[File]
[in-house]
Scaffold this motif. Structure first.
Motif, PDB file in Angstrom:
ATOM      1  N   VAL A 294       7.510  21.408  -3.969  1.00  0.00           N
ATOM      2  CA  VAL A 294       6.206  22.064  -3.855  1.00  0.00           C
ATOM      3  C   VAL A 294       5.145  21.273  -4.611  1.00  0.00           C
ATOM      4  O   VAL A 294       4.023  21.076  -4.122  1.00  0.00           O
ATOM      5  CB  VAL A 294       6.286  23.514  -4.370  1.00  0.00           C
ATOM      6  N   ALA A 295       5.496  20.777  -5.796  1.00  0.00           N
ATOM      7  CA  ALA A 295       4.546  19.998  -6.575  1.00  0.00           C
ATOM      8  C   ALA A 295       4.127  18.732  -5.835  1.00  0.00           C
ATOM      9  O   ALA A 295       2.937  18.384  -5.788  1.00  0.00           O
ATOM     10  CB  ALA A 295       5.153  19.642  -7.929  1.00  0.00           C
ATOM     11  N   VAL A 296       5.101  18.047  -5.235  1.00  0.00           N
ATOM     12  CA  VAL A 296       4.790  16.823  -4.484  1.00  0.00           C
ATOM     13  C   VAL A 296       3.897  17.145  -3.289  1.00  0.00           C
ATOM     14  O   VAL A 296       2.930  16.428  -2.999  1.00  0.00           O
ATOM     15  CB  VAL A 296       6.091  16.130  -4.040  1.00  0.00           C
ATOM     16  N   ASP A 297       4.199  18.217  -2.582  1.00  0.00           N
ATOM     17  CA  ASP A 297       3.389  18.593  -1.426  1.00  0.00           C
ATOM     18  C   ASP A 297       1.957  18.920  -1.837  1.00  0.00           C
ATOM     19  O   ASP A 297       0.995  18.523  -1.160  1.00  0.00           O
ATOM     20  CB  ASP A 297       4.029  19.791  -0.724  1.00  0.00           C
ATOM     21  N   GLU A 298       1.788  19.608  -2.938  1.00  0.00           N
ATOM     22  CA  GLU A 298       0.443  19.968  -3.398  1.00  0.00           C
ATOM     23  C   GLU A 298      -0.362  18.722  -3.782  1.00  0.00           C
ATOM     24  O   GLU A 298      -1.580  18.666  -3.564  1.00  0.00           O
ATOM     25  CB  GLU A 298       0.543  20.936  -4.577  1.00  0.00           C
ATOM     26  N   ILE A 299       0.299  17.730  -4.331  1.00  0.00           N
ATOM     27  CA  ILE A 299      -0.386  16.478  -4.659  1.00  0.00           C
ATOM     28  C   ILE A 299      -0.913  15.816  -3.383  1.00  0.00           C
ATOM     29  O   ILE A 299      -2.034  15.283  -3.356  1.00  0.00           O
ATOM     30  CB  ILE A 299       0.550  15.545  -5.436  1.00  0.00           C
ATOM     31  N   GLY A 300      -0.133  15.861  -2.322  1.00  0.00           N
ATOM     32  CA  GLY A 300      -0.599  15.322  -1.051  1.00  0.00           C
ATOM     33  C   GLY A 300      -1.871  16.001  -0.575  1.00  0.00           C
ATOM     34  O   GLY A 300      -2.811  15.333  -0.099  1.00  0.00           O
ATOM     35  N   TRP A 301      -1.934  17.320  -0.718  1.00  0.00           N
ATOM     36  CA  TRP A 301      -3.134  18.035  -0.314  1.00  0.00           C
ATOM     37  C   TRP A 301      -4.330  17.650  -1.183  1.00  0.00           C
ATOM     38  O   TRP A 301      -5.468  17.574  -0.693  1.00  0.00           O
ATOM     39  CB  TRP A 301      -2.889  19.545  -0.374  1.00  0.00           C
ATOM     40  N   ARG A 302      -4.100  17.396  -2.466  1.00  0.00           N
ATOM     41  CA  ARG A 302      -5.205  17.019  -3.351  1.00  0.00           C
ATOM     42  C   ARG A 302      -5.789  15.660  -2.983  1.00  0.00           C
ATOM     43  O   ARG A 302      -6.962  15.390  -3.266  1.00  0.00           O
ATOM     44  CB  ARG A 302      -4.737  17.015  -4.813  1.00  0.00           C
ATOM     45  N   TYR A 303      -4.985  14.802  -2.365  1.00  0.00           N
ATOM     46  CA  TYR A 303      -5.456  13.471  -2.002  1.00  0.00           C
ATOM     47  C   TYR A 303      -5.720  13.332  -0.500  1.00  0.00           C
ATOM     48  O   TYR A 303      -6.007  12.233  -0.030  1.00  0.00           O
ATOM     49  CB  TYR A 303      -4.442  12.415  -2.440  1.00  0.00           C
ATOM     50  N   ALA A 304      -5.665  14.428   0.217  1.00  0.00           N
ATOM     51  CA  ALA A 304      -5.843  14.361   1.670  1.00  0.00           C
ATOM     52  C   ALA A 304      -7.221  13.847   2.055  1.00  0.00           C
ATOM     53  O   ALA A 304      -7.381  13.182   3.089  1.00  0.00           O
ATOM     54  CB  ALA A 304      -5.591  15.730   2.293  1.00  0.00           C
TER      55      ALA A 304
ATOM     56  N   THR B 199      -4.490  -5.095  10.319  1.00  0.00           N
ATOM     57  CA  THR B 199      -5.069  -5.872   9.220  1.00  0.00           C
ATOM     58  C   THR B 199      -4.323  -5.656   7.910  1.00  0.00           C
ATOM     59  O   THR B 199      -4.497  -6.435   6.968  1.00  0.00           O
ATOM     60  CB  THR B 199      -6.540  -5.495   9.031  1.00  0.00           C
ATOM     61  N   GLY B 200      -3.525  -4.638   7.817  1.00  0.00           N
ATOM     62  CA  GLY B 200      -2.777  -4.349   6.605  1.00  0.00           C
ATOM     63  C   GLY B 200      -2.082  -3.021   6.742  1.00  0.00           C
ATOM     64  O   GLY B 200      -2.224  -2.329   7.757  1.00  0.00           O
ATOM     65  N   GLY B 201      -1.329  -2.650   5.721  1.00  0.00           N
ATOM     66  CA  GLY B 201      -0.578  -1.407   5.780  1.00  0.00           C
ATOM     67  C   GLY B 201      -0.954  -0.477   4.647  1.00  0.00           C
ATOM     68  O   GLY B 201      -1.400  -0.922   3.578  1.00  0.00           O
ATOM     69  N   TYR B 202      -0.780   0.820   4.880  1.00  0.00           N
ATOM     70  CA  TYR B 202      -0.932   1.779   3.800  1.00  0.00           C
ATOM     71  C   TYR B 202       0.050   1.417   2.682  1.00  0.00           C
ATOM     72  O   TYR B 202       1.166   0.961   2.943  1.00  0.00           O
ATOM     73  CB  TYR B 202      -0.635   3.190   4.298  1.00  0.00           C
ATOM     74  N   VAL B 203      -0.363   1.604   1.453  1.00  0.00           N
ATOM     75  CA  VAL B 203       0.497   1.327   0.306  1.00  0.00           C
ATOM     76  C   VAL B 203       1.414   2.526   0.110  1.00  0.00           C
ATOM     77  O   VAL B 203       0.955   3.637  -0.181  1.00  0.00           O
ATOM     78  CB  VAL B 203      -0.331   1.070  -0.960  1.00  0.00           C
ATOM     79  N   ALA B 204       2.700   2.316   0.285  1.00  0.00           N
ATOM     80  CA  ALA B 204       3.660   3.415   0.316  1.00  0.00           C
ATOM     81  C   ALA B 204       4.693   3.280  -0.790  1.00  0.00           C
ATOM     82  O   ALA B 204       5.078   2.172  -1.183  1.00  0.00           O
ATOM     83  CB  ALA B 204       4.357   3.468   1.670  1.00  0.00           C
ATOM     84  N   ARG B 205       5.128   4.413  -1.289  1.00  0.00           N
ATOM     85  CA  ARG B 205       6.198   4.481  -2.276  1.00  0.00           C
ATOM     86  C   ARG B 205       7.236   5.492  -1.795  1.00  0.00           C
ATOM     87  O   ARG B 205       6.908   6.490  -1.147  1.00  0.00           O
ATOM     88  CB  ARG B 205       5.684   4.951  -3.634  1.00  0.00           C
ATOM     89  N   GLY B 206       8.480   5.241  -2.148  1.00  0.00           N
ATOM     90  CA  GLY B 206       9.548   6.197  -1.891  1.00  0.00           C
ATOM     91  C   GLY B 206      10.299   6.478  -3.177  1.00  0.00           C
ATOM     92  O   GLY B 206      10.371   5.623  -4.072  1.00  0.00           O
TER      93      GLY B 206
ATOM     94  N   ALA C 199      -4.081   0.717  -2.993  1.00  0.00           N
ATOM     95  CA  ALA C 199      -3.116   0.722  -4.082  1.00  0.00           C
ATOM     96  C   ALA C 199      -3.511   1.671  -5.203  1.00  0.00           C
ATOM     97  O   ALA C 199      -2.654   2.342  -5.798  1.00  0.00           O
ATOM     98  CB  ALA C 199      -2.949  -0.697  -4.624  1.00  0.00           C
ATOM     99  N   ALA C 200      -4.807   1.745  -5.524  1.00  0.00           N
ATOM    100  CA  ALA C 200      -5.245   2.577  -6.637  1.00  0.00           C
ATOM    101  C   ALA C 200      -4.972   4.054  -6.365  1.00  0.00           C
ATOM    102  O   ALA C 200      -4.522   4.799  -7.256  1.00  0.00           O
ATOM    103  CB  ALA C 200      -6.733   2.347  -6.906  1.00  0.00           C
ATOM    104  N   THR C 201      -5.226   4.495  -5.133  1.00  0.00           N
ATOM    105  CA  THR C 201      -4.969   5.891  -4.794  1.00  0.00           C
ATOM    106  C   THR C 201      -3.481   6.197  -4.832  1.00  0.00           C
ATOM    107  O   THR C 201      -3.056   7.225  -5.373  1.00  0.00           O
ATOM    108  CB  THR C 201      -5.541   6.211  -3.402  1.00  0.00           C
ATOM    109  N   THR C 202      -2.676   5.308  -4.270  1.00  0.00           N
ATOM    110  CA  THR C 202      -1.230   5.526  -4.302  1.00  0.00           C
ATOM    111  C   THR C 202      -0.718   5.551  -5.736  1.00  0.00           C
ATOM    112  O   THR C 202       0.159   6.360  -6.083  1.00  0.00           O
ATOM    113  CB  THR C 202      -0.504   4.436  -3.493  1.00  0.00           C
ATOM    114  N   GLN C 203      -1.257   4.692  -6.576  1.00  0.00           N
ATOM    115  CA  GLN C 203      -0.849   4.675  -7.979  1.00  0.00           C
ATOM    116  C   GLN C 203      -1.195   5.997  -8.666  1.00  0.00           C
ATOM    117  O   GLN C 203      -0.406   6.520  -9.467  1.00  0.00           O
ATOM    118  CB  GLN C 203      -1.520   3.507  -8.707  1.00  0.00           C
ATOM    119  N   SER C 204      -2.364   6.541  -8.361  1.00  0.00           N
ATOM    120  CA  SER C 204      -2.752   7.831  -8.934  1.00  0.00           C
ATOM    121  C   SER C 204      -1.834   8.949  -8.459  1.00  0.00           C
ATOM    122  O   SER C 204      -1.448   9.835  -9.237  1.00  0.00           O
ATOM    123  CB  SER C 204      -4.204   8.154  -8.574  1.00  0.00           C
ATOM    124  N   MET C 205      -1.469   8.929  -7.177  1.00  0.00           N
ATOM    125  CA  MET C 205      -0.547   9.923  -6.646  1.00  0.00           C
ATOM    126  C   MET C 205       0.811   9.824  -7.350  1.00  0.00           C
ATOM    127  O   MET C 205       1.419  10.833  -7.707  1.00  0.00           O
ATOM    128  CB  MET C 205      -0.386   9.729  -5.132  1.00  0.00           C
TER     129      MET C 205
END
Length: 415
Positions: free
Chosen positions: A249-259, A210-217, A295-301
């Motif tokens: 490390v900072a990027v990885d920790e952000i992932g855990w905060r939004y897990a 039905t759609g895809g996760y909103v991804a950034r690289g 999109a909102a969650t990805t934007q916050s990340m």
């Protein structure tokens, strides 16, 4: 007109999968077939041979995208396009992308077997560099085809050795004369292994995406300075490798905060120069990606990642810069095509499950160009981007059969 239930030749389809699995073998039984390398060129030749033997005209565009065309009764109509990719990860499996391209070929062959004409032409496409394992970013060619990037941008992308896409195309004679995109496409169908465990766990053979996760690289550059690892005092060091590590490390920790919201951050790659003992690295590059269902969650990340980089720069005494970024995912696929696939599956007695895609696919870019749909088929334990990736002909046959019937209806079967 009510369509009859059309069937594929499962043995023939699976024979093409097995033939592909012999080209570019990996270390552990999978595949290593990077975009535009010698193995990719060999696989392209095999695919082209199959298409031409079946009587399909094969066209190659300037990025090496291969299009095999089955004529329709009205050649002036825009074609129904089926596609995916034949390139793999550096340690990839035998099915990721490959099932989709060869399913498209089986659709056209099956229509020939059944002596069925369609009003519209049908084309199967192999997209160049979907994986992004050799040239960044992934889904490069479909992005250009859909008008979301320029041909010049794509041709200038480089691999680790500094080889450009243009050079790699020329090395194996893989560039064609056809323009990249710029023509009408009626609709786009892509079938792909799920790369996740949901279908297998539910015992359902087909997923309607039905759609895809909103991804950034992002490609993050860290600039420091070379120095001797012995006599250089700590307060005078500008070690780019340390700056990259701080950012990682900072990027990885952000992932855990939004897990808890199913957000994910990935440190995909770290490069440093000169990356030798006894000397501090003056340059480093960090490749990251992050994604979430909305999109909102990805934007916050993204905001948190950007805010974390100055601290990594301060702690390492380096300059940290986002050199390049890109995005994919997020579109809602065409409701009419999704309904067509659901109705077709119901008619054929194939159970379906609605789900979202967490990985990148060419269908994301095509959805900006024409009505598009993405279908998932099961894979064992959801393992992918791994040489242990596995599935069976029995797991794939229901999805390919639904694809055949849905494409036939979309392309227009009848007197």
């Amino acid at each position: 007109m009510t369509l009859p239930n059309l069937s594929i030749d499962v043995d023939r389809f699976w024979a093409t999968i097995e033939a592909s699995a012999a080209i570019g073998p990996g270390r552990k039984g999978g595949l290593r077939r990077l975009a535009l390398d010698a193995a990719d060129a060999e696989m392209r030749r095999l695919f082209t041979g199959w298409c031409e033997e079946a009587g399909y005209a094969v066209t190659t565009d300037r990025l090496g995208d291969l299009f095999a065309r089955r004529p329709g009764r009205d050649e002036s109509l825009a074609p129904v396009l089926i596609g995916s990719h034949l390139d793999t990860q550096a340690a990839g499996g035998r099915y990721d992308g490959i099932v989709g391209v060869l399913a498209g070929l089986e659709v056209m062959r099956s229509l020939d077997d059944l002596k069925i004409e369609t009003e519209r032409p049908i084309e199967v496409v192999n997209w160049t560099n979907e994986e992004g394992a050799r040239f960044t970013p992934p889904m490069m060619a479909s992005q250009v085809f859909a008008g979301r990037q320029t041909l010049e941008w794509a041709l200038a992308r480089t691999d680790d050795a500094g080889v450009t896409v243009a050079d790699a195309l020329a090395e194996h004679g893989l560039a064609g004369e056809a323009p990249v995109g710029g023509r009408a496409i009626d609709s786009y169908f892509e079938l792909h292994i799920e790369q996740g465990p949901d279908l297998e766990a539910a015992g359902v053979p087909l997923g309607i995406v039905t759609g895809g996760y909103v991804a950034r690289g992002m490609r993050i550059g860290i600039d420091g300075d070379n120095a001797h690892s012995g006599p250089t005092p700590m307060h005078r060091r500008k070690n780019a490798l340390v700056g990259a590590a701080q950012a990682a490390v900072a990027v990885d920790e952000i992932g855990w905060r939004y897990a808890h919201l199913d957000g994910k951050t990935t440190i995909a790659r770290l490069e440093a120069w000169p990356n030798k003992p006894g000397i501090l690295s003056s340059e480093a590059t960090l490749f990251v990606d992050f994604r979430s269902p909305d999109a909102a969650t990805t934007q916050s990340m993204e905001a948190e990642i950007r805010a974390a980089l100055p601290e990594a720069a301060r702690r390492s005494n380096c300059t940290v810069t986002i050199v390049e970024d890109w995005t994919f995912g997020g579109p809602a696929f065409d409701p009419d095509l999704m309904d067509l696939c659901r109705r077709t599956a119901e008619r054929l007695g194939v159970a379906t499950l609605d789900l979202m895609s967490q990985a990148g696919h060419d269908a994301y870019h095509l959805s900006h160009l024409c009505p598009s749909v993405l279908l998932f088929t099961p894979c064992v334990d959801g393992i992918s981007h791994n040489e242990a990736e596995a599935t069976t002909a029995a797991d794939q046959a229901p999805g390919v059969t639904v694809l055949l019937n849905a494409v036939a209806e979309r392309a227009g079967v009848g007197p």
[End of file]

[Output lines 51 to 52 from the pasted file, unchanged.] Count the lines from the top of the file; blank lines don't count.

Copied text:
ATOM     48  O   TYR A 303      -6.007  12.233  -0.030  1.00  0.00           O
ATOM     49  CB  TYR A 303      -4.442  12.415  -2.440  1.00  0.00           C